Last Sunday, Airlines for Europe (A4E) warned that around 1,000 flights might be cancelled as a result of French ATC strikes during week 10. The airline association now reports that the strikes caused a record-breaking 1,500 flight cancellations and more than 320,000 minutes (or 5,300 hours) of flight delays.
Strike action at air traffic control centres in Brest, Bordeaux and Marseille forced airlines to reduce capacity in France by 25% and also affected flights destined for Italy, Spain and Switzerland which might have to over-fly French airspace.
The association has asked European States to take more definitive action to avoid disruptive strikes. Among their proposed solutions would be a compulsory minimum of 72 hours notification of participation in a strike, to be implemented “where possible and practical”, as well as greater flexibility on ATC re-routing to other control centres outside the country which would cover the outage and allow uninterrupted flights throughout Europe.
“It is devastating to see that more than a million passengers suffered from this year’s first ATC strike. We cannot wait anymore – European and French policy-makers need to implement measures capable of minimising Air Traffic Management disruption’s impact on travellers. Political, operational and technological solutions exist for a problem that affects the whole continent. These solutions would limit the impact of such strikes on travellers and business, without questioning controllers’ fundamental right to strike,” said Thomas Reynaert, Managing Director of A4E.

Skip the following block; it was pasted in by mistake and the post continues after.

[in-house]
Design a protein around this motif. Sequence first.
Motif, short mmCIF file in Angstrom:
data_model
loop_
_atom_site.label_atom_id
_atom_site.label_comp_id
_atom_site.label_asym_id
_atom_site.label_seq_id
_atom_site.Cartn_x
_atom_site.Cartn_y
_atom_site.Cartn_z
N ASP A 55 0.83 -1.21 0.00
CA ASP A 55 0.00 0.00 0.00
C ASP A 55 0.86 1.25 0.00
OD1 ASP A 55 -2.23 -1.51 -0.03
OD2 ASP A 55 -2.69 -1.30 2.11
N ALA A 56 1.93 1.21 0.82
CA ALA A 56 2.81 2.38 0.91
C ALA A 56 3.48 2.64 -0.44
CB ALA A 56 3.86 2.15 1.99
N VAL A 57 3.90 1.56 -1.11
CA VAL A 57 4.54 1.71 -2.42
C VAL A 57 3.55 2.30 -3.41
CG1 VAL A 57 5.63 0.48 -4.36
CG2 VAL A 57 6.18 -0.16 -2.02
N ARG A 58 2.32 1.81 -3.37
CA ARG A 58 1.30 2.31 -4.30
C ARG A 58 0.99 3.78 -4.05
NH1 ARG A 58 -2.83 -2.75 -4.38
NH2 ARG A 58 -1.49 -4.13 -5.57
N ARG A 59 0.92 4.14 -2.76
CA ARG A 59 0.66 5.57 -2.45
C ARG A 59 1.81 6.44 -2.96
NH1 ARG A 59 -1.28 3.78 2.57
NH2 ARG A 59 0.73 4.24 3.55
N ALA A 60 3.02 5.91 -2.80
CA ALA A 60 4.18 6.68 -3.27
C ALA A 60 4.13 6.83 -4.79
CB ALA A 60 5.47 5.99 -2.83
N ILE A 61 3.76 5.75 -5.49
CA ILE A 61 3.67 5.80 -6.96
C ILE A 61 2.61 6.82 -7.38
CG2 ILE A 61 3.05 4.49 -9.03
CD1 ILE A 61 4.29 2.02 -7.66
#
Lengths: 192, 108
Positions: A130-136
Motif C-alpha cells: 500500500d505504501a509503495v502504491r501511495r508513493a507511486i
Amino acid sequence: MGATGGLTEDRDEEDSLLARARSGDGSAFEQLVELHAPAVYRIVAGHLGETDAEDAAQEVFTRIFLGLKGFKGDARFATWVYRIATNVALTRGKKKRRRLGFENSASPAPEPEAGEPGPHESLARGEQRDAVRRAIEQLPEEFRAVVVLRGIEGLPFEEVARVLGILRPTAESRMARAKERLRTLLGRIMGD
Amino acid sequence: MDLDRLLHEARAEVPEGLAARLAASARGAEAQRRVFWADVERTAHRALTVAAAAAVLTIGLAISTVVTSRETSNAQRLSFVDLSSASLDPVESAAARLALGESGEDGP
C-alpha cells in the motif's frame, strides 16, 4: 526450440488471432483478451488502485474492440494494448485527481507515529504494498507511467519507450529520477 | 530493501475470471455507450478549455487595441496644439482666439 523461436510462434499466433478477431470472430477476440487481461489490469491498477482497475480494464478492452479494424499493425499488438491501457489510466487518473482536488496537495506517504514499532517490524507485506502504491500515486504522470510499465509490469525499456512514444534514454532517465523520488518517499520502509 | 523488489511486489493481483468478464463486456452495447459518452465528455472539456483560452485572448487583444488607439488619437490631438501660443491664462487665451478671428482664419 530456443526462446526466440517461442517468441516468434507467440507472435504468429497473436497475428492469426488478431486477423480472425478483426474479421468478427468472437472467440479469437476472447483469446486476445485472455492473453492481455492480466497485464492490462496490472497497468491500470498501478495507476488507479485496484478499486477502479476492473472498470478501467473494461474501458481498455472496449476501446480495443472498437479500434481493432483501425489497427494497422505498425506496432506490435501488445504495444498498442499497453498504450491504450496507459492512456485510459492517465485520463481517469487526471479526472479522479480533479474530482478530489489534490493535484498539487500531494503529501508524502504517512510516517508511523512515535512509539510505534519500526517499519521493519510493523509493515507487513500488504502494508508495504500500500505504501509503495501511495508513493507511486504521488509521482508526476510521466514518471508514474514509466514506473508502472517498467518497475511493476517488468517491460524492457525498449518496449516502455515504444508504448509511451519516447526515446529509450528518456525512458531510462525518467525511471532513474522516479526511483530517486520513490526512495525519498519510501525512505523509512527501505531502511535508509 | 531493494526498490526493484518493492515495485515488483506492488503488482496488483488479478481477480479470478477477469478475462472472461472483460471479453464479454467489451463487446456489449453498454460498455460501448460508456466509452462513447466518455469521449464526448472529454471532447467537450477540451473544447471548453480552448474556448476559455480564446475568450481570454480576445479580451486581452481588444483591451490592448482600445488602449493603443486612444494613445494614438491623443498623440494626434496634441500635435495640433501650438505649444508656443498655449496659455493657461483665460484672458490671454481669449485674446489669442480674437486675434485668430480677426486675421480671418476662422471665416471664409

The association reports that, during the 2010-16 period, there were 217 ATC strike days in the EU; equivalent to one disrupted air travel day every nine days. A4E estimates that ATC strikes have cost the EU economy €12 billion since 2010.
A4E also warns travellers of potential ATC strike on March 20, this time in Italy.
“Travellers can unite and let out their frustration about the continuous travel disruptions supporting our petition ‘Keep Europe’s Skies open’. We will present this petition in Brussels to urge the EU Commission and the EU Parliament to finally take action. Holidays and the Summer break are ahead of us as possibly the next strikes,” concluded Reynaert.